Pica is an eating disorder characterised by regularly eating things that are not food.
Usually, what individuals with pica eat does not harm them, but sometimes what they eat causes complications, such as blockages in the digestive tract or lead poisoning.
Medical professionals usually diagnose pica when an individual over age two (2) has been eating things that are not food for a month or more.
Behavioural modification techniques may help, but little is known about specific treatments for pica.
Nutritional deficiencies and other complications are treated as needed.
Individuals with pica regularly eat things that are not food (such as paper, clay, dirt, or hair).
For children under 2 years old, this behaviour is considered developmentally normal.
Such children frequently put all sorts of things in their mouth and sometimes eat them.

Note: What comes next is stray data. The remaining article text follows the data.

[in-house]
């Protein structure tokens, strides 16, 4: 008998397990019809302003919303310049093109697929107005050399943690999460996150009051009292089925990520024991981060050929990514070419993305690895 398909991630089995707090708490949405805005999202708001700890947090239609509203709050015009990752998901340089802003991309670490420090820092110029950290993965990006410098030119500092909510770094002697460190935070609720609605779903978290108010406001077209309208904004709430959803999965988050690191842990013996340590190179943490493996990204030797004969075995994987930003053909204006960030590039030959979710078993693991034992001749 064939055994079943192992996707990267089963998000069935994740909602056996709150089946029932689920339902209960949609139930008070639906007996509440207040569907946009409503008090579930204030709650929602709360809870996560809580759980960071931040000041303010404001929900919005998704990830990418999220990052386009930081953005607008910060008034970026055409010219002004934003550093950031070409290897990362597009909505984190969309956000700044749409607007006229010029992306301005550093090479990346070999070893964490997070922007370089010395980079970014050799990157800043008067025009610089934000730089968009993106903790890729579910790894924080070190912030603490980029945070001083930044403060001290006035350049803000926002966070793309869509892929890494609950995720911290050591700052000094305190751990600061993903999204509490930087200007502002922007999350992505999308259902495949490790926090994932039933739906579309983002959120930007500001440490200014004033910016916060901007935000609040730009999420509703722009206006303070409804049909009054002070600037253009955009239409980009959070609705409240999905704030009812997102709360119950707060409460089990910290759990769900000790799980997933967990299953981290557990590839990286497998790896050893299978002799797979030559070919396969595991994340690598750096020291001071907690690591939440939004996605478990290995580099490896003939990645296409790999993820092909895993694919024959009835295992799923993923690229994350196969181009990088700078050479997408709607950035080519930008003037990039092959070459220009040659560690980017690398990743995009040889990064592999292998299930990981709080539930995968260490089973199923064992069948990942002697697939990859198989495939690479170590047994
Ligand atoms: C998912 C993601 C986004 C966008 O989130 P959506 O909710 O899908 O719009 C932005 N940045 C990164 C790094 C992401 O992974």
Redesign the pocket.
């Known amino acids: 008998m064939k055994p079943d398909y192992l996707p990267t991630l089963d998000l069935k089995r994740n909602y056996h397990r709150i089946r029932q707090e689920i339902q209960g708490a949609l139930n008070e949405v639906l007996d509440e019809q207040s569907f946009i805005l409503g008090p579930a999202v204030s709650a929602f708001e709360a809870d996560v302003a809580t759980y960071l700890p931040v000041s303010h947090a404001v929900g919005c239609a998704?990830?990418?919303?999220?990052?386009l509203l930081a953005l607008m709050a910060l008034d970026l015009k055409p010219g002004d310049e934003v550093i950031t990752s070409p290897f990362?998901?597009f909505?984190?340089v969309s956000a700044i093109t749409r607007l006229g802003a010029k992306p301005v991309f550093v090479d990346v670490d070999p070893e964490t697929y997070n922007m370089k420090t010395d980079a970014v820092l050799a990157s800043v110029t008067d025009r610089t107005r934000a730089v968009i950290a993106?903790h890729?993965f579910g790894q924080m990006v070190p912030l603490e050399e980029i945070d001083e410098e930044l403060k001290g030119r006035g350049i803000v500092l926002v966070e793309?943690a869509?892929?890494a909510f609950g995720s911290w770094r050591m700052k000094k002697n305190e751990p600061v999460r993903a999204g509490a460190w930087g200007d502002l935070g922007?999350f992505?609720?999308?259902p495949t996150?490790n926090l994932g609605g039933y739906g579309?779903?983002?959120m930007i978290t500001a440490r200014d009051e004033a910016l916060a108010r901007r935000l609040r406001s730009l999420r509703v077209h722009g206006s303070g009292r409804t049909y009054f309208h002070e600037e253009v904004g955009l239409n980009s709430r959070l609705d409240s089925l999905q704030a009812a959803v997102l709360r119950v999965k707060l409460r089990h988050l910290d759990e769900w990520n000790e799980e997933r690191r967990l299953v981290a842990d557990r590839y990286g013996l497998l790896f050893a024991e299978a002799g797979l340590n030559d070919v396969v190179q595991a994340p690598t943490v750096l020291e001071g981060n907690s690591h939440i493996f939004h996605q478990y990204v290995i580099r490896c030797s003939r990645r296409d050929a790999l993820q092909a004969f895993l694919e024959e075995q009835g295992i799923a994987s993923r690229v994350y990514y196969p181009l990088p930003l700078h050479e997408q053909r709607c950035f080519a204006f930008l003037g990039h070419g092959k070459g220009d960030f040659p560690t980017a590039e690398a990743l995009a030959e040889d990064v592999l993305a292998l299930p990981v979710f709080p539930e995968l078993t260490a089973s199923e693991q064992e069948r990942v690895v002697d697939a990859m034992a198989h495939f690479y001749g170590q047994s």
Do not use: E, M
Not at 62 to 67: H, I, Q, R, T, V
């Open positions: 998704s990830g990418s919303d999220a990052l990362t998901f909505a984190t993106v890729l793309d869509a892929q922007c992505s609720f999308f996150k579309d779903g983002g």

Pica may also occur during pregnancy.
In some parts of the world, eating things that are not food is part of a cultural tradition, such as folk medicine, religious rites, or common practice. For example, some people in the Georgia Piedmont regularly eat clay.
Usually, what individuals with pica eat does not harm them. However, sometimes what they eat causes complications, such as constipation, blockages in the digestive tract, lead poisoning from eating paint chips, or a parasitic infection from eating dirt.
Pica itself rarely interferes with social functioning, but it often occurs in individuals with other mental disorders that do interfere with social functioning.
These disorders include:
- Intellectual disability; and